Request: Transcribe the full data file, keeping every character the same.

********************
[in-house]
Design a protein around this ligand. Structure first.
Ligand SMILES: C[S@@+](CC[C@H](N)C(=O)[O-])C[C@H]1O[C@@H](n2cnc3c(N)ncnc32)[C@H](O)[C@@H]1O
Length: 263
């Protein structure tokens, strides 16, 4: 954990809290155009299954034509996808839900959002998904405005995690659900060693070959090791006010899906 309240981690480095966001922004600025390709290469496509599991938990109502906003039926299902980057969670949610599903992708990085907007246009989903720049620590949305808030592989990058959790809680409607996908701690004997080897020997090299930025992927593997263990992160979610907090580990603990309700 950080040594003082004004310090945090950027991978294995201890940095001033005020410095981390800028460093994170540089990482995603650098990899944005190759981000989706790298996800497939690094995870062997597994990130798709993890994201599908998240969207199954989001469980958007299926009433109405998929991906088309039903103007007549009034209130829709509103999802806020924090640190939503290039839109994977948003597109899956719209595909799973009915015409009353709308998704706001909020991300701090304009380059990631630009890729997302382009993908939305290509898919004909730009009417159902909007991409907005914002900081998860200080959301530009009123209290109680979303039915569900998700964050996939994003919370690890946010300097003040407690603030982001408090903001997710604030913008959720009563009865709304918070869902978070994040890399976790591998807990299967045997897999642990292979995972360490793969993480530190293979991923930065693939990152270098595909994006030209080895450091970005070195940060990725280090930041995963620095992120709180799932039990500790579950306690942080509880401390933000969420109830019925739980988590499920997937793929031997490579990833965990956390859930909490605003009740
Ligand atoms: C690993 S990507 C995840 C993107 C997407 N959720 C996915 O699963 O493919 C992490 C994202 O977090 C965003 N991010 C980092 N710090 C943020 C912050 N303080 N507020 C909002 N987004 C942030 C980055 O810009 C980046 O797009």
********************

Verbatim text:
[in-house]
Design a protein around this ligand. Structure first.
Ligand SMILES: C[S@@+](CC[C@H](N)C(=O)[O-])C[C@H]1O[C@@H](n2cnc3c(N)ncnc32)[C@H](O)[C@@H]1O
Length: 263
């Protein structure tokens, strides 16, 4: 954990809290155009299954034509996808839900959002998904405005995690659900060693070959090791006010899906 309240981690480095966001922004600025390709290469496509599991938990109502906003039926299902980057969670949610599903992708990085907007246009989903720049620590949305808030592989990058959790809680409607996908701690004997080897020997090299930025992927593997263990992160979610907090580990603990309700 950080040594003082004004310090945090950027991978294995201890940095001033005020410095981390800028460093994170540089990482995603650098990899944005190759981000989706790298996800497939690094995870062997597994990130798709993890994201599908998240969207199954989001469980958007299926009433109405998929991906088309039903103007007549009034209130829709509103999802806020924090640190939503290039839109994977948003597109899956719209595909799973009915015409009353709308998704706001909020991300701090304009380059990631630009890729997302382009993908939305290509898919004909730009009417159902909007991409907005914002900081998860200080959301530009009123209290109680979303039915569900998700964050996939994003919370690890946010300097003040407690603030982001408090903001997710604030913008959720009563009865709304918070869902978070994040890399976790591998807990299967045997897999642990292979995972360490793969993480530190293979991923930065693939990152270098595909994006030209080895450091970005070195940060990725280090930041995963620095992120709180799932039990500790579950306690942080509880401390933000969420109830019925739980988590499920997937793929031997490579990833965990956390859930909490605003009740
Ligand atoms: C690993 S990507 C995840 C993107 C997407 N959720 C996915 O699963 O493919 C992490 C994202 O977090 C965003 N991010 C980092 N710090 C943020 C912050 N303080 N507020 C909002 N987004 C942030 C980055 O810009 C980046 O797009």